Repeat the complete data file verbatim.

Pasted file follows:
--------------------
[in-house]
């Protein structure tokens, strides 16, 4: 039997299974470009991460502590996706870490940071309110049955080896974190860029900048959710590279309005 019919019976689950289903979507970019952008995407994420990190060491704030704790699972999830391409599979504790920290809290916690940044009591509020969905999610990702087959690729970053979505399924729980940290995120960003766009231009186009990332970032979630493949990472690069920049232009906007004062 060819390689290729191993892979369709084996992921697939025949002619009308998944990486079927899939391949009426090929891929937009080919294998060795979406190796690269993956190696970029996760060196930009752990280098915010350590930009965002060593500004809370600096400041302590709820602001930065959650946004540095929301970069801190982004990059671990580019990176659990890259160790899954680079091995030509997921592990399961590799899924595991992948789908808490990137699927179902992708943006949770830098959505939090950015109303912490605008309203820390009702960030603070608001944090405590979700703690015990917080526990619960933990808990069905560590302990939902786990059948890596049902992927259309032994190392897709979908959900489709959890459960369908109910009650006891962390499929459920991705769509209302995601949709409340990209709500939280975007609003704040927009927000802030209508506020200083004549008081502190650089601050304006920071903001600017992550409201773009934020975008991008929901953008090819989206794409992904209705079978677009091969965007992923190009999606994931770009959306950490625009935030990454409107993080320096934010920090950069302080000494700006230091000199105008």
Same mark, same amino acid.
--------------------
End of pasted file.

[in-house]
């Protein structure tokens, strides 16, 4: 039997299974470009991460502590996706870490940071309110049955080896974190860029900048959710590279309005 019919019976689950289903979507970019952008995407994420990190060491704030704790699972999830391409599979504790920290809290916690940044009591509020969905999610990702087959690729970053979505399924729980940290995120960003766009231009186009990332970032979630493949990472690069920049232009906007004062 060819390689290729191993892979369709084996992921697939025949002619009308998944990486079927899939391949009426090929891929937009080919294998060795979406190796690269993956190696970029996760060196930009752990280098915010350590930009965002060593500004809370600096400041302590709820602001930065959650946004540095929301970069801190982004990059671990580019990176659990890259160790899954680079091995030509997921592990399961590799899924595991992948789908808490990137699927179902992708943006949770830098959505939090950015109303912490605008309203820390009702960030603070608001944090405590979700703690015990917080526990619960933990808990069905560590302990939902786990059948890596049902992927259309032994190392897709979908959900489709959890459960369908109910009650006891962390499929459920991705769509209302995601949709409340990209709500939280975007609003704040927009927000802030209508506020200083004549008081502190650089601050304006920071903001600017992550409201773009934020975008991008929901953008090819989206794409992904209705079978677009091969965007992923190009999606994931770009959306950490625009935030990454409107993080320096934010920090950069302080000494700006230091000199105008």
Same mark, same amino acid.